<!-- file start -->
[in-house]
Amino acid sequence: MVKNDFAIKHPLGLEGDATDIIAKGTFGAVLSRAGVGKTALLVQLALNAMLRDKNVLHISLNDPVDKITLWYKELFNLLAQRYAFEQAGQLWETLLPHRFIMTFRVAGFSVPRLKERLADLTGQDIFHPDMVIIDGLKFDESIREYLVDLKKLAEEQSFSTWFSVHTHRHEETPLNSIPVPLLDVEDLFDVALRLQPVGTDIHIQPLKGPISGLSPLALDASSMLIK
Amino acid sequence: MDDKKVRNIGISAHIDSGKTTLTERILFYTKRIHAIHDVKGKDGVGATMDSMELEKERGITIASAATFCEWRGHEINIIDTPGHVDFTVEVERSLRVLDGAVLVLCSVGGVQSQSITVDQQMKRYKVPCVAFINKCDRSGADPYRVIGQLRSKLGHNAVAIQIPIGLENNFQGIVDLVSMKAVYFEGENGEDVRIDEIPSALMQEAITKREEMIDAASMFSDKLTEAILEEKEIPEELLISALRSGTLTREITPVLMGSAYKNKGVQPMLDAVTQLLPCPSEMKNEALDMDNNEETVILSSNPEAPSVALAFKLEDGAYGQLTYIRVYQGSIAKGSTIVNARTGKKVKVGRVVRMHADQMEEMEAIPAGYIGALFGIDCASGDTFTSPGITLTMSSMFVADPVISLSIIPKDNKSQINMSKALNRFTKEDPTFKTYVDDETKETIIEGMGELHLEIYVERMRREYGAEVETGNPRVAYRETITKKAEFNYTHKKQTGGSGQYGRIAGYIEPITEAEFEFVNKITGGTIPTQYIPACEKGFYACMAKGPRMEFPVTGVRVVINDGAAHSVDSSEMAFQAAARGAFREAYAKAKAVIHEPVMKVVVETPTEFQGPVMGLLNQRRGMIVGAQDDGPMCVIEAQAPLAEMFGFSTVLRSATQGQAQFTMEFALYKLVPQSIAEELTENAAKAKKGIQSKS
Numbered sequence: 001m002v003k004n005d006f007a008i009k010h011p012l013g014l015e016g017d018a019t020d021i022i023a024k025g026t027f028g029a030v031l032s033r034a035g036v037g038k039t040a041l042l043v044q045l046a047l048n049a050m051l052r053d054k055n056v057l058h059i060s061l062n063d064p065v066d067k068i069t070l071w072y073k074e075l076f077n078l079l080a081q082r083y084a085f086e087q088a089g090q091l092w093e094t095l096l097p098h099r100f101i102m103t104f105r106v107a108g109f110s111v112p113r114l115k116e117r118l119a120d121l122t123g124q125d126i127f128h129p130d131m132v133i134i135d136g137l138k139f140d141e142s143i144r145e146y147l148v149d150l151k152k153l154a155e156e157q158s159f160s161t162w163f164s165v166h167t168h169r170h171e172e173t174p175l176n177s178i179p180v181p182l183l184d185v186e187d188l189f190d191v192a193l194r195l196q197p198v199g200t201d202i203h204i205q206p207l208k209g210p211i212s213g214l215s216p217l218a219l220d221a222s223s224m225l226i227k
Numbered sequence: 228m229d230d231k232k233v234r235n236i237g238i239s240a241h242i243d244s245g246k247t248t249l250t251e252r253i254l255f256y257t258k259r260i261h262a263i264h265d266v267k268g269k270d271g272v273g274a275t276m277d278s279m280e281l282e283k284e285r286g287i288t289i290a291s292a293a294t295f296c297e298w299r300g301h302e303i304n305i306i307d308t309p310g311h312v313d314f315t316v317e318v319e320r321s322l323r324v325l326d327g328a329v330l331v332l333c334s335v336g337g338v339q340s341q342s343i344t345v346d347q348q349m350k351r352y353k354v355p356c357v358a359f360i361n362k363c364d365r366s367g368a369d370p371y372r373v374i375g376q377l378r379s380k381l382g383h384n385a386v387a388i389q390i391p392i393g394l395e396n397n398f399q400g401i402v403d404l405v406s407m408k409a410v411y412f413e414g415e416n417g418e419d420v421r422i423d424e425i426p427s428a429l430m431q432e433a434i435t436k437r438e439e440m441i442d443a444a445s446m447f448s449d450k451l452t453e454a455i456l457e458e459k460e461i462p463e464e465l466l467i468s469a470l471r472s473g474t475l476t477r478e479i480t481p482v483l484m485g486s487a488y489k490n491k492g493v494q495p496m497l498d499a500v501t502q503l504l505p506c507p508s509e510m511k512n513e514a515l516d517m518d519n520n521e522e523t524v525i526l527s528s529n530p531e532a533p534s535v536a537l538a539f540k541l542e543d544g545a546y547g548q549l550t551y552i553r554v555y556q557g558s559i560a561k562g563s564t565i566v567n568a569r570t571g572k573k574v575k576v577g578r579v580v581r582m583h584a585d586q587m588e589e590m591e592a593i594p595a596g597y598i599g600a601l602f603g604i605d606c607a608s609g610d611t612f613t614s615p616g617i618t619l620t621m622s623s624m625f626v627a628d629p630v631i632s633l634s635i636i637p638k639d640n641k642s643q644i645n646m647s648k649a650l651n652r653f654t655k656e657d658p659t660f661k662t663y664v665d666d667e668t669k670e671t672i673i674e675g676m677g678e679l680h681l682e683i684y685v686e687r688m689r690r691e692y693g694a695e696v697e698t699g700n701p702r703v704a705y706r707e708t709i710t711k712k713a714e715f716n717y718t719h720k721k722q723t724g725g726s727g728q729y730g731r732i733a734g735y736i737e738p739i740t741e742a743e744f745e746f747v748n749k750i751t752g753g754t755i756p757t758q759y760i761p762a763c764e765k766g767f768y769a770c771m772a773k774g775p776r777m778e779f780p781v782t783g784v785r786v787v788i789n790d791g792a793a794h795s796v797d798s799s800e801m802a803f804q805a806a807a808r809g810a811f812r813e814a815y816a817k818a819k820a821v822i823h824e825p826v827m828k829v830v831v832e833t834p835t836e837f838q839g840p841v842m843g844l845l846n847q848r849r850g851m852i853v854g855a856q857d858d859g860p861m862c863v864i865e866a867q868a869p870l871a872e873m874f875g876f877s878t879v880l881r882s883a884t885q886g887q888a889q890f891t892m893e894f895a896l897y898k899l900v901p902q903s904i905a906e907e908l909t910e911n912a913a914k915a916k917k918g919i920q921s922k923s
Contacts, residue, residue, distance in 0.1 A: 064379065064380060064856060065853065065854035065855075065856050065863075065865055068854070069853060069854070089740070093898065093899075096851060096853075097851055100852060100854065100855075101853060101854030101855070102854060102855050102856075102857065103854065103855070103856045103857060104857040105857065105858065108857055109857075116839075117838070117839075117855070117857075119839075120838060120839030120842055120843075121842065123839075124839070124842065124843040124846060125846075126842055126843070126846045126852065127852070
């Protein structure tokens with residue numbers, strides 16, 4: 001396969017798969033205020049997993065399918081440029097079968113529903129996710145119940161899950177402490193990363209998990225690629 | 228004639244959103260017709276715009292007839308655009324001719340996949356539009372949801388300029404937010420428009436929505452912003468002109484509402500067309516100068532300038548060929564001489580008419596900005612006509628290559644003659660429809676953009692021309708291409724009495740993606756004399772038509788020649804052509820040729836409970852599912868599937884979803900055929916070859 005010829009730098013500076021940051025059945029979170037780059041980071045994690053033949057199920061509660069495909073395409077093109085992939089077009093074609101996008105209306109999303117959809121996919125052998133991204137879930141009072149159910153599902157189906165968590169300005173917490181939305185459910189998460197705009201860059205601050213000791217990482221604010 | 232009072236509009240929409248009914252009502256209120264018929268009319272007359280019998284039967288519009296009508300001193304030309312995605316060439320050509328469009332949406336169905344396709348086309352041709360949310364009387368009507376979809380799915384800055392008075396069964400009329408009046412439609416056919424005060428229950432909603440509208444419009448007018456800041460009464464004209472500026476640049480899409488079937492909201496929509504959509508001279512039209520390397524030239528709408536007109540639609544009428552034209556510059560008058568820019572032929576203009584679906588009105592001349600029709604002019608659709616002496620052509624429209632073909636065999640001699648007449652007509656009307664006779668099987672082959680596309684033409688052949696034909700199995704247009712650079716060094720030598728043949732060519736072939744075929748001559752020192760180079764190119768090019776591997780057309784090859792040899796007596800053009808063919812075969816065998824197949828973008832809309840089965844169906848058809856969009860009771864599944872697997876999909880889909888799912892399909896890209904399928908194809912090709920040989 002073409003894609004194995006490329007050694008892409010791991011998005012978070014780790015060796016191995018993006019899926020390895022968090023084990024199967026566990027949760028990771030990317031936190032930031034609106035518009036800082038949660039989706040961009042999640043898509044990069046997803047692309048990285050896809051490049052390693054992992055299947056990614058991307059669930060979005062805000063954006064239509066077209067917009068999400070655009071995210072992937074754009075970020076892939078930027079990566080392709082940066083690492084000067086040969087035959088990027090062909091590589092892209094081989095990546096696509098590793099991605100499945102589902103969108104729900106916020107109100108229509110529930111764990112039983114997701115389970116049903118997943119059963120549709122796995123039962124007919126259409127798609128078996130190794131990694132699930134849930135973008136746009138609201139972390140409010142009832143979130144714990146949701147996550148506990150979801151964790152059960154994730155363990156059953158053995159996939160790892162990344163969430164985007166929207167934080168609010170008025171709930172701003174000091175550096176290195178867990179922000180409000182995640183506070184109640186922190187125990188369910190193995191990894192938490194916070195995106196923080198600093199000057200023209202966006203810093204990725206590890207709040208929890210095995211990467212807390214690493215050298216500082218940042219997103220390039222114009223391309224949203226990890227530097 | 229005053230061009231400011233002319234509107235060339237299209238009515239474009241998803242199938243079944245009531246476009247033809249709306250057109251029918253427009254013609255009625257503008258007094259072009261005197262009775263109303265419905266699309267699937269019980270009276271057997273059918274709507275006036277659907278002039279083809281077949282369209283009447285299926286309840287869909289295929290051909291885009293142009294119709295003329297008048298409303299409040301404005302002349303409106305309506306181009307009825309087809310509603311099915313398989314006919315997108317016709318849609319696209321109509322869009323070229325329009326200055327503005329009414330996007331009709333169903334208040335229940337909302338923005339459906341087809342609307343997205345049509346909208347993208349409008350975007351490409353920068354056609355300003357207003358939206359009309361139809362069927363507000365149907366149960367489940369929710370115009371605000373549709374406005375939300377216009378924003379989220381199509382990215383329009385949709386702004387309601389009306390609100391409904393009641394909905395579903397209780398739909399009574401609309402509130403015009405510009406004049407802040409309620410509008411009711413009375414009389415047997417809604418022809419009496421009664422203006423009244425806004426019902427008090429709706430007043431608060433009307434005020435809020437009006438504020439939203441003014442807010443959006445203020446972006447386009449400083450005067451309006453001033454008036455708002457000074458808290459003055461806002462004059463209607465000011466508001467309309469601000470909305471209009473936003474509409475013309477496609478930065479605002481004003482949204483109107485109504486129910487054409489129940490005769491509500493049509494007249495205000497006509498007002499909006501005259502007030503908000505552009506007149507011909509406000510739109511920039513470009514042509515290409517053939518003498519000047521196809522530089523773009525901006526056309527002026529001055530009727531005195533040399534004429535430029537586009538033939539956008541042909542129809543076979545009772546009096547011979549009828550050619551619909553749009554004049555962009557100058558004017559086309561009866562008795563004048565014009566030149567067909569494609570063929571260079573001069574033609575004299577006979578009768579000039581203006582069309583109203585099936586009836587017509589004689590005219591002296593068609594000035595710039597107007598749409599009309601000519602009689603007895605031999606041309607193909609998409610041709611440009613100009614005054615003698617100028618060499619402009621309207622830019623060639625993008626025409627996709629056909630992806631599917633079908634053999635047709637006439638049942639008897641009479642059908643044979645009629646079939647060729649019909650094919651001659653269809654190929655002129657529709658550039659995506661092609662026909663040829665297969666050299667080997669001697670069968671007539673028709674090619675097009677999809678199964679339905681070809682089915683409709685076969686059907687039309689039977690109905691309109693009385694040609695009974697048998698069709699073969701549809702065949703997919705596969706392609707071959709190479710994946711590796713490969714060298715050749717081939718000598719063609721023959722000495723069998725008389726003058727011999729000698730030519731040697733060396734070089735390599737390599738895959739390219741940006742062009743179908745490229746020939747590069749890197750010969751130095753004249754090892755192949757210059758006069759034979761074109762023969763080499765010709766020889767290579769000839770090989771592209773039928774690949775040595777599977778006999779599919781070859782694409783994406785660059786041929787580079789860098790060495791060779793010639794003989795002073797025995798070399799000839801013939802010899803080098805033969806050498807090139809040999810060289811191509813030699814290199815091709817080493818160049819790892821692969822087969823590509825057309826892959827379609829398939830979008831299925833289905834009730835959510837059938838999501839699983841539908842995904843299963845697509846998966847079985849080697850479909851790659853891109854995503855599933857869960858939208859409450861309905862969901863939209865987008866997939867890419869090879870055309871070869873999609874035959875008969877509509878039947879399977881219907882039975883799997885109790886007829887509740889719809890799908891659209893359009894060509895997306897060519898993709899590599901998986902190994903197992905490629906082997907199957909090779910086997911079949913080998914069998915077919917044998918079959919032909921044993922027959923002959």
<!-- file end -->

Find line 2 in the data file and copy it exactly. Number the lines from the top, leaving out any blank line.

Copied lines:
Amino acid sequence: MVKNDFAIKHPLGLEGDATDIIAKGTFGAVLSRAGVGKTALLVQLALNAMLRDKNVLHISLNDPVDKITLWYKELFNLLAQRYAFEQAGQLWETLLPHRFIMTFRVAGFSVPRLKERLADLTGQDIFHPDMVIIDGLKFDESIREYLVDLKKLAEEQSFSTWFSVHTHRHEETPLNSIPVPLLDVEDLFDVALRLQPVGTDIHIQPLKGPISGLSPLALDASSMLIK